CV-SALTS is an important science, policy and regulatory planning process making significant progress in planning a sustainable future for Central Valley water users. CV-SALTS has an aggressive schedule to prepare a Draft Salt and Nitrate Management Plan (SNMP) for the Central Valley by next summer. This plan has technical/scientific elements of study and information gathering as well as a variety of policy issues, which are being addressed through examples, call archetypes. CV-SALTS has a budget of about $10 million for planning and technical work to complete the SNMP. Because of the size and complexity of the Central Valley, CV-SALTS is focusing on gathering a high level of information needed to make broad policy changes for the entire valley.
Science: The highest level of CV-SALTS work is the Initial Conceptual Model (ICM), a 30,000 foot, 22 zone view of the Central Valley for salt and nitrate water balances, salinity and nitrate trends and 20 year projections. The ICM report will be complete in early summer 2013. The ICM study verifies the high level work with more detailed review in the Kings River and Modesto areas. Once the ICM is complete the SNMP will begin and use a more detailed view, potentially more than three times as many analysis areas, to evaluate areas the ICM indicates need more detailed study.
Water related organizations and agriculture is very involved in CV-SALTS. One of the other technical efforts is gathering existing information on crops, irrigation water, soils, rainfall and water quality to evaluate the differences in water quality needs across the Central Valley. This information will be shown in an agricultural zoning map where like areas can be grouped as a tool for better understanding water quality needs and future regulatory needs. This study will be completed in late summer 2013. Implementation planning is underway with characterization of existing salt and nutrient control projects and methodologies. These will be evaluated and then assessed for the capacity to expand and enhance the processes to address the accumulation of salts and nutrients in the valley. From the initial assessment further study will support decisions about which management alternatives are most appropriate for the various areas and salt issues. Implementation of the projects and practices will still occur on a local scale controlled by regional organizations and communities.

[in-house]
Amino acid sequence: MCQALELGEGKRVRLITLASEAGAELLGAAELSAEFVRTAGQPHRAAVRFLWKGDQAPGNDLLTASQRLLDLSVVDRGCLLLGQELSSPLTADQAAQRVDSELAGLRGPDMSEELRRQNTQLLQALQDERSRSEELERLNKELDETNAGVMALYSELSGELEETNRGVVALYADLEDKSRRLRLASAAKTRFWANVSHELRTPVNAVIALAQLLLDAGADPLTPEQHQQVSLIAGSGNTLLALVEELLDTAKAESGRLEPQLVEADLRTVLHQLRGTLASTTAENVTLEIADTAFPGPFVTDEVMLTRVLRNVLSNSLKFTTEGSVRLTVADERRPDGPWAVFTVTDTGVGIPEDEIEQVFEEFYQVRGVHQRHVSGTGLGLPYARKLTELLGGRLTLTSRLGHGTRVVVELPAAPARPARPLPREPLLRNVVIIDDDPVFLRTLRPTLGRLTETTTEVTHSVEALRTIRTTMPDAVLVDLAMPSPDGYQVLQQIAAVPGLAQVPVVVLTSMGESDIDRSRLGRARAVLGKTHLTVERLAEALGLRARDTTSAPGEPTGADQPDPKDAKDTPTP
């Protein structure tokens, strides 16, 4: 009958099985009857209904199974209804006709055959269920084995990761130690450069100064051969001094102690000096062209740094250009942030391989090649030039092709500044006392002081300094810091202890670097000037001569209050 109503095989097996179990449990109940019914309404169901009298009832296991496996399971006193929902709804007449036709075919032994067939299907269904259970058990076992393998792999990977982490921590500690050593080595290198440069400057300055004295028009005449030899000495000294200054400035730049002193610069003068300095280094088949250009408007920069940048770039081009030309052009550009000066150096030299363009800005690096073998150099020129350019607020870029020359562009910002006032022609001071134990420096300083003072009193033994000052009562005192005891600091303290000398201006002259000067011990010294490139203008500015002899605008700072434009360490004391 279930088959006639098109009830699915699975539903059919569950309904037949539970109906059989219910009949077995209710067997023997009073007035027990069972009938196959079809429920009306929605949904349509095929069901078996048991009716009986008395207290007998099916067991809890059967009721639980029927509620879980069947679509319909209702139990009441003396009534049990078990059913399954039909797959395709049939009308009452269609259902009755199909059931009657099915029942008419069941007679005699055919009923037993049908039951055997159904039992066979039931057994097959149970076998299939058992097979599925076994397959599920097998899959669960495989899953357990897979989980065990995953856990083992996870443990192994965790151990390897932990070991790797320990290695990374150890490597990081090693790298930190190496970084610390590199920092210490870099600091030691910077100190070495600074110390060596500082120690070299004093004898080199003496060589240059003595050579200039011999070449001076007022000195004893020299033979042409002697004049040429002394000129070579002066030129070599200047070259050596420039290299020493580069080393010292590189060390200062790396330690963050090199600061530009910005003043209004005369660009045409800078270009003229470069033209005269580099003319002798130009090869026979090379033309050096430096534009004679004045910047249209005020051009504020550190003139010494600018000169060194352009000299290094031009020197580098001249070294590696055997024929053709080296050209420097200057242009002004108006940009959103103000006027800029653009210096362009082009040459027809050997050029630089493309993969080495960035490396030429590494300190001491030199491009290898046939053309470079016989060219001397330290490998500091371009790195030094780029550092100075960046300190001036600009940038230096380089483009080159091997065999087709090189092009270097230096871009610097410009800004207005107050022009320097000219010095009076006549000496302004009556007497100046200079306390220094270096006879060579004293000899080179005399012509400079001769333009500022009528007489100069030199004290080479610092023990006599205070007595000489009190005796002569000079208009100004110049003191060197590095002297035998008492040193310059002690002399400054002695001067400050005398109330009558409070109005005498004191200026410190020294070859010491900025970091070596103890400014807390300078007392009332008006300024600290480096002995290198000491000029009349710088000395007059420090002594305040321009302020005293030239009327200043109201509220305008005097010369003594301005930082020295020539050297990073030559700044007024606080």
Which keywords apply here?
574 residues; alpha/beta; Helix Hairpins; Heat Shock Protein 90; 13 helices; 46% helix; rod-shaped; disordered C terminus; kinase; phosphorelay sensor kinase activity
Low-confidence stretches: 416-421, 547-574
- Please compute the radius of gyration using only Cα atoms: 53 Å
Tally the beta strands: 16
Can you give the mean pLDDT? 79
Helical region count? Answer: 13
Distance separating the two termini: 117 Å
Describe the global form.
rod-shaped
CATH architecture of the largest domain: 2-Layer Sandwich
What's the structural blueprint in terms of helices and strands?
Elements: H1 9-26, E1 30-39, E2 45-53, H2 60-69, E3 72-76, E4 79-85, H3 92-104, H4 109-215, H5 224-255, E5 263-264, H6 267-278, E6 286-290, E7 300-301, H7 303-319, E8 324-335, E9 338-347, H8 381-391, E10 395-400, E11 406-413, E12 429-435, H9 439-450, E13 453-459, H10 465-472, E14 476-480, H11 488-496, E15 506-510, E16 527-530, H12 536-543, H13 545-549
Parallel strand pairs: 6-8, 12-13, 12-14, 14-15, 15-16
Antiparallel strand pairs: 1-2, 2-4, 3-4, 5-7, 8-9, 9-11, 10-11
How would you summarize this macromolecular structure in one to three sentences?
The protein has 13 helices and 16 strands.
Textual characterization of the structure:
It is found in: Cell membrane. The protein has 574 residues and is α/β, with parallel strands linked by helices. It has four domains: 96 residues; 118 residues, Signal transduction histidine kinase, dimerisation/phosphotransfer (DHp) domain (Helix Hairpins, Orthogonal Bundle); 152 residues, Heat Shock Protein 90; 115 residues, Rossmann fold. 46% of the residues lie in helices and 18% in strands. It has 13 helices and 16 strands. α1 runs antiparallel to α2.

Policy: A significant amount of the time and energy of CV-SALTS is dedicated to addressing critical issues related to salts and nitrate in surface and groundwater and unintended consequences of the basin plans for the Sacramento/San Joaquin and Tulare Lake Basins. These basin plans have elements which date back to the 1970’s and do not efficiently or adequately address issues that are currently confounding both the regulators and regulated community. This slows down good projects resulting in over or under protection of the beneficial uses of the surface and groundwaters. While in some cases over protection may not have a significant cost, in the other areas of the Central Valley salt issues costs can be huge. In some communities, despite regulators working hard to help, the costs due to old basin plan requirements can as much as double the costs of wastewater management.
Archetypes: Because no plan can address all problems, especially in an area as large as the Central Valley we use examples called archetypes to demonstrate how CV-SALTS addresses both science and policy issues. Archetypes removing inappropriate beneficial uses, where water is demonstrated to be naturally too salty to drink or use for agriculture and using the area for salt management is one archetype in the Tulare Lake Bed area. Another archetype looks closely at agricultural drains and the beneficial uses they may or may not actually have for both agriculture and municipal drinking water. Ensuring communities that do not have access to water that meets current nitrate standards is also an archetype that CV-SALTS will be working to ensure the water meets the objectives where it is used.
Addressing salt and nitrate issues helps communities and industry address protecting the waters of the Central Valley better by determining appropriate manageable salt levels, and is a key to future sustainability of the waters and of the communities who use them.